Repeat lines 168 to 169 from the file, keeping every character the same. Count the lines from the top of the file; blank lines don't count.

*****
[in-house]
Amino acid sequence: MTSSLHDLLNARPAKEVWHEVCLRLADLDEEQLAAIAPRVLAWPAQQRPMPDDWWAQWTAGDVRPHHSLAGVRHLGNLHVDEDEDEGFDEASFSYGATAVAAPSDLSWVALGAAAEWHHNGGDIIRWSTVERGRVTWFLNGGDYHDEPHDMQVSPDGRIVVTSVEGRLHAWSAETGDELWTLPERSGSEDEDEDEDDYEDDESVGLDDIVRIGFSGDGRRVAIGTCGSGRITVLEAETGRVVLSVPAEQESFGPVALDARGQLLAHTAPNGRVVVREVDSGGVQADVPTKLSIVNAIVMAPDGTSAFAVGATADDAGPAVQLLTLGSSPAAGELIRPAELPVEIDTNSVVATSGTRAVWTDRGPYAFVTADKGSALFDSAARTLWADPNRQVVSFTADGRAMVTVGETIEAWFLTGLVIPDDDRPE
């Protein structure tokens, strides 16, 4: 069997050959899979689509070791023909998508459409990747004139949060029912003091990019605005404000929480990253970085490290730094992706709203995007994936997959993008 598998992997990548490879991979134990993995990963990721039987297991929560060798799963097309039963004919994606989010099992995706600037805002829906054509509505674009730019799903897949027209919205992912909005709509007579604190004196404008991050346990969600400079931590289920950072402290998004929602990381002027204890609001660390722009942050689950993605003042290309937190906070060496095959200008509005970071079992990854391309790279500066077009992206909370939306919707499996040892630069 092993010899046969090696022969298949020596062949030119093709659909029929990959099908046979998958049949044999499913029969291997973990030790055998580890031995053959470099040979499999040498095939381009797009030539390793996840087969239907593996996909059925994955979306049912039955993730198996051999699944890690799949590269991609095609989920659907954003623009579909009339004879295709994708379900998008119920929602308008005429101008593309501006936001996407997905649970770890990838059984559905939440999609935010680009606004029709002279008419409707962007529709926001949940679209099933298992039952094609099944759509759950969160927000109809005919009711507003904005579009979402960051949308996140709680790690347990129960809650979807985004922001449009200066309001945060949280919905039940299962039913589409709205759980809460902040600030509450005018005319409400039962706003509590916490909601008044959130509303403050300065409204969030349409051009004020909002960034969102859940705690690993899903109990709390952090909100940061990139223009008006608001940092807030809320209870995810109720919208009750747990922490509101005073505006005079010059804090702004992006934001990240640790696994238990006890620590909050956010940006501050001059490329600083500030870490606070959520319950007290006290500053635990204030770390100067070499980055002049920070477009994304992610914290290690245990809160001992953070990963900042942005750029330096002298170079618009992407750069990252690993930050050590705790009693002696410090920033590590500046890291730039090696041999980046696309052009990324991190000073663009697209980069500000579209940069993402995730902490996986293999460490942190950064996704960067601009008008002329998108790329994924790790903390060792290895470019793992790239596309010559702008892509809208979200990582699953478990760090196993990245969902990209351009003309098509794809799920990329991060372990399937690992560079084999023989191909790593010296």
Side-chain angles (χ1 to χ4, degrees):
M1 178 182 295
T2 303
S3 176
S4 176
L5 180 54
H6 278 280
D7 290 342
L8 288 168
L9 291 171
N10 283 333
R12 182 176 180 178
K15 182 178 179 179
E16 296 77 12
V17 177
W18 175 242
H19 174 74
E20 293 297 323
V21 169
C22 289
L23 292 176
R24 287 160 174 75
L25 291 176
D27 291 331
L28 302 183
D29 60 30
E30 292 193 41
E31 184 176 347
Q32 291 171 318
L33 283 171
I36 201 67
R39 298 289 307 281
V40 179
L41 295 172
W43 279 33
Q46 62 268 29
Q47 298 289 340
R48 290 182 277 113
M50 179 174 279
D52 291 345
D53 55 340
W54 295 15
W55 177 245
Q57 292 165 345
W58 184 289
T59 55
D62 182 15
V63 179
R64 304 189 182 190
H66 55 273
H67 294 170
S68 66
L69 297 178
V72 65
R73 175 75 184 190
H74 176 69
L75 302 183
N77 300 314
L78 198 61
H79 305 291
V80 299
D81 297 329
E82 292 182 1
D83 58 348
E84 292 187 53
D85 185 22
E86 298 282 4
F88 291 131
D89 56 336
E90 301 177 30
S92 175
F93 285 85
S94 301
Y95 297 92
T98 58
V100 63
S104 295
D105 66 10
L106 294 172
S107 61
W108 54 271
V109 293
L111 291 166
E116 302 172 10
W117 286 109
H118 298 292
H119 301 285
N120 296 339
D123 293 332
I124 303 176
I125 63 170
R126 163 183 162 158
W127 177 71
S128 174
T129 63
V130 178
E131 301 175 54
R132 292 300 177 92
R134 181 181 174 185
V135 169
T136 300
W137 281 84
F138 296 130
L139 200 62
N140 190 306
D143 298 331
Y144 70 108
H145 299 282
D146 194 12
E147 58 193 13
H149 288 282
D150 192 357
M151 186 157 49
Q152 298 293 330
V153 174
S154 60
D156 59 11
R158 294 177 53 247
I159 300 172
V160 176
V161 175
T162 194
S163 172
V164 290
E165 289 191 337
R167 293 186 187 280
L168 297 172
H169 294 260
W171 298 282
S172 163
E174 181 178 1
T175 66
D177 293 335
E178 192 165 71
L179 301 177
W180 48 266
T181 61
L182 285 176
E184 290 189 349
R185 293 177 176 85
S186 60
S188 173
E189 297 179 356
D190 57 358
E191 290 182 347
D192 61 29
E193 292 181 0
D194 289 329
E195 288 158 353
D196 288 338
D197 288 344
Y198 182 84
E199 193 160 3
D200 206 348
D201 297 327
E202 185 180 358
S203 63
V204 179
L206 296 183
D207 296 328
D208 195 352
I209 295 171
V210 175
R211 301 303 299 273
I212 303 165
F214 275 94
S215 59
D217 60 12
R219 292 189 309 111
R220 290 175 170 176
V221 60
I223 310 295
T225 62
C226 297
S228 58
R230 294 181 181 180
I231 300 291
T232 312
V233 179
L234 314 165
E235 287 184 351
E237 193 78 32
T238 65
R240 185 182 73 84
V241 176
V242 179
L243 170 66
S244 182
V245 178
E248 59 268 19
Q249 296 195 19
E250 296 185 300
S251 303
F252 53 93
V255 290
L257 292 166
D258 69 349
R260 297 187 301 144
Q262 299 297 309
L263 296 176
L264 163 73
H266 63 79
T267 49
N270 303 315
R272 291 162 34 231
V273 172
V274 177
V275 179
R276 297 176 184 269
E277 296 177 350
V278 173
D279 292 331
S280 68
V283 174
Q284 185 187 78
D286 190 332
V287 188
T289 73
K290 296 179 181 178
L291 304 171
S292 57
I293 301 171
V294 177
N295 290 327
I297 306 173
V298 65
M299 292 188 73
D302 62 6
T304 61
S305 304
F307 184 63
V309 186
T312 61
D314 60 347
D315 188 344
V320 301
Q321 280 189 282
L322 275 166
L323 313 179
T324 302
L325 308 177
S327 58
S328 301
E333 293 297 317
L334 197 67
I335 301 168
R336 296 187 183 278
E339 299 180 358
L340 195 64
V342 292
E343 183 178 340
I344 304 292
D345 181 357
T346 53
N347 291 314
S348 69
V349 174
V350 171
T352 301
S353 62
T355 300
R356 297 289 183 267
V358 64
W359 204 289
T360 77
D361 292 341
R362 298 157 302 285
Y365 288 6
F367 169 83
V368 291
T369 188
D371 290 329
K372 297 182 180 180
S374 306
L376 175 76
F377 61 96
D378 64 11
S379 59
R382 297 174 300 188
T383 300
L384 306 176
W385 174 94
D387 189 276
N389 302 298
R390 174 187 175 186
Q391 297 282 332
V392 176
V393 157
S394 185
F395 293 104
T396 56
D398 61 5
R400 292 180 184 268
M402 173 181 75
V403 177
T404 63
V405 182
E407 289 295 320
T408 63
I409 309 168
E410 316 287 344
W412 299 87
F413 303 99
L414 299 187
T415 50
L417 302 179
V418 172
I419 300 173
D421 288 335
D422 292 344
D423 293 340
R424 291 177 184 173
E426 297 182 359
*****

I212 303 165
F214 275 94